Gamera, Gappa, Gorgo, Gigan—they’re all daikaiju A-listers. If you weren’t paying close attention, however, you might think they were all the same. They’re not, of course. According to author Eric S. Brown, “Each creature was unique with different powers and tendencies.” Like snowflakes, no two giant monsters were the same.
To prove his point, Brown wrote a short novel back in 2016 with a long list of rampaging kaiju (for laughs, he even threw in a giant robot). As promised, none of these monsters were alike. There were black ones, round ones, big ones, crazy ones—every kind of gargouille.
The first daikaiju to appear in Tokyo Bay was large and scaly and sported a crown of horns. The next threat came from a giant bird-lizard with a wingspan over 50 feet across. In quick order, Japan was battling all sorts of creatures that resembled mutant garden moles, jellyfish, spiders, beetles, ants, snakes, pigs and flies. One monstrosity even looked like something from an old H.P. Lovecraft story. Truly, there was no end to the number of abominations contained in the kaiju ranks.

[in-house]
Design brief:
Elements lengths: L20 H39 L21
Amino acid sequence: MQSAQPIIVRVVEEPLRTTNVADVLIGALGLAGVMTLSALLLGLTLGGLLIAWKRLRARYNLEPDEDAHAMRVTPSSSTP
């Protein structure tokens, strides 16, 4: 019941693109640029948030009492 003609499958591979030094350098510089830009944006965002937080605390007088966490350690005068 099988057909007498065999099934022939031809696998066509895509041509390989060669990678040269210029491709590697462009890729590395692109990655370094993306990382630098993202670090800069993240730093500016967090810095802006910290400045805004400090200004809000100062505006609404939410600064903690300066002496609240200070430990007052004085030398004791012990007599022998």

Needing help badly, the Japanese enlisted the U.S. Navy for backup. “Some kaiju are like the kind of monsters you see in movies. They are giant, lizard-like creatures that shake the earth itself with their steps,” explained Commander Hiroto to his American counterpart. “Others have wings and come from the skies. Still others live solely in the water like the Krakens of myth. All of them are deadly. All of them are massive in scale compared to whatever animal or animals they share the characteristics of. There are even kaiju who defy all logical explanation.”
Message received. Not all giant monsters looked like Godzilla. On that matter, Kaiju Rampage was a raging success. Unfortunately, Brown failed to give his creatures any sort of distinct charm. They’re all rather trite; they may have looked different, but they essentially shared the same temperament and monotonous agenda.
On the other hand, there’s one non-kaiju character in the novel who possessed personality plus. Charismatic (and possibly crazy) Heather Karza was the 22-year-old aide to a top Japanese official. She was pretty, of course (“the kind of beauty that poets of old wrote about”), but she was no angel. “If she had a soul,” wrote Brown, “it was certainly far more demonic in nature than angelic.” No kaiju, big or small, was her equal.
[Kaiju Rampage / By Eric S. Brown / First Printing: July 2016 / ISBN: 9781925493511]